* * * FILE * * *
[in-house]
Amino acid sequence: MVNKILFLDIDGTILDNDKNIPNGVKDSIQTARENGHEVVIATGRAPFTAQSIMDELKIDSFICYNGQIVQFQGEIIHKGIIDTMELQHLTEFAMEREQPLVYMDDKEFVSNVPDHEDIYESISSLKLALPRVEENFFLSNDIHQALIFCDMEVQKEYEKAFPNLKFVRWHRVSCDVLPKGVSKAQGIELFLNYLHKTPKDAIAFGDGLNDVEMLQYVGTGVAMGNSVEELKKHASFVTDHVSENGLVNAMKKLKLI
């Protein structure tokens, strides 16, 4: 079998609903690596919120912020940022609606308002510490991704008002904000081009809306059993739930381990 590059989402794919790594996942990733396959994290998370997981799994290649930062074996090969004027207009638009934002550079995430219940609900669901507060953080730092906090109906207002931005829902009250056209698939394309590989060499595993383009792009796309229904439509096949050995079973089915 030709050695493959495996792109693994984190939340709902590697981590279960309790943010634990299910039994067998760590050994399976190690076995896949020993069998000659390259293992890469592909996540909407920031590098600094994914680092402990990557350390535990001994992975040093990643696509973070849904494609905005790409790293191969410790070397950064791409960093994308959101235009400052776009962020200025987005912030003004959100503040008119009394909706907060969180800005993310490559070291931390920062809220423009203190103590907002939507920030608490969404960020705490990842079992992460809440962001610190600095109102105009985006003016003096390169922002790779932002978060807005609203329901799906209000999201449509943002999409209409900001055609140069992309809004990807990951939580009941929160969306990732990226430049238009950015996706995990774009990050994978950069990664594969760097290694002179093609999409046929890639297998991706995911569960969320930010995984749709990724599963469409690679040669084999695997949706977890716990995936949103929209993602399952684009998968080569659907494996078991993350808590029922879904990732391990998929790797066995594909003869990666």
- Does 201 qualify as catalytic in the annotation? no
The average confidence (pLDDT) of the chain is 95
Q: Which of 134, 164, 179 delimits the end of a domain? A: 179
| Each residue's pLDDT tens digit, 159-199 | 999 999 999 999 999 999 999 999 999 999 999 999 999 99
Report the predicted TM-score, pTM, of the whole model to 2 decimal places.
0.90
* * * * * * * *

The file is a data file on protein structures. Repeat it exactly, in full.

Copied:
[in-house]
Amino acid sequence: MVNKILFLDIDGTILDNDKNIPNGVKDSIQTARENGHEVVIATGRAPFTAQSIMDELKIDSFICYNGQIVQFQGEIIHKGIIDTMELQHLTEFAMEREQPLVYMDDKEFVSNVPDHEDIYESISSLKLALPRVEENFFLSNDIHQALIFCDMEVQKEYEKAFPNLKFVRWHRVSCDVLPKGVSKAQGIELFLNYLHKTPKDAIAFGDGLNDVEMLQYVGTGVAMGNSVEELKKHASFVTDHVSENGLVNAMKKLKLI
């Protein structure tokens, strides 16, 4: 079998609903690596919120912020940022609606308002510490991704008002904000081009809306059993739930381990 590059989402794919790594996942990733396959994290998370997981799994290649930062074996090969004027207009638009934002550079995430219940609900669901507060953080730092906090109906207002931005829902009250056209698939394309590989060499595993383009792009796309229904439509096949050995079973089915 030709050695493959495996792109693994984190939340709902590697981590279960309790943010634990299910039994067998760590050994399976190690076995896949020993069998000659390259293992890469592909996540909407920031590098600094994914680092402990990557350390535990001994992975040093990643696509973070849904494609905005790409790293191969410790070397950064791409960093994308959101235009400052776009962020200025987005912030003004959100503040008119009394909706907060969180800005993310490559070291931390920062809220423009203190103590907002939507920030608490969404960020705490990842079992992460809440962001610190600095109102105009985006003016003096390169922002790779932002978060807005609203329901799906209000999201449509943002999409209409900001055609140069992309809004990807990951939580009941929160969306990732990226430049238009950015996706995990774009990050994978950069990664594969760097290694002179093609999409046929890639297998991706995911569960969320930010995984749709990724599963469409690679040669084999695997949706977890716990995936949103929209993602399952684009998968080569659907494996078991993350808590029922879904990732391990998929790797066995594909003869990666």
- Does 201 qualify as catalytic in the annotation? no
The average confidence (pLDDT) of the chain is 95
Q: Which of 134, 164, 179 delimits the end of a domain? A: 179
| Each residue's pLDDT tens digit, 159-199 | 999 999 999 999 999 999 999 999 999 999 999 999 999 99
Report the predicted TM-score, pTM, of the whole model to 2 decimal places.
0.90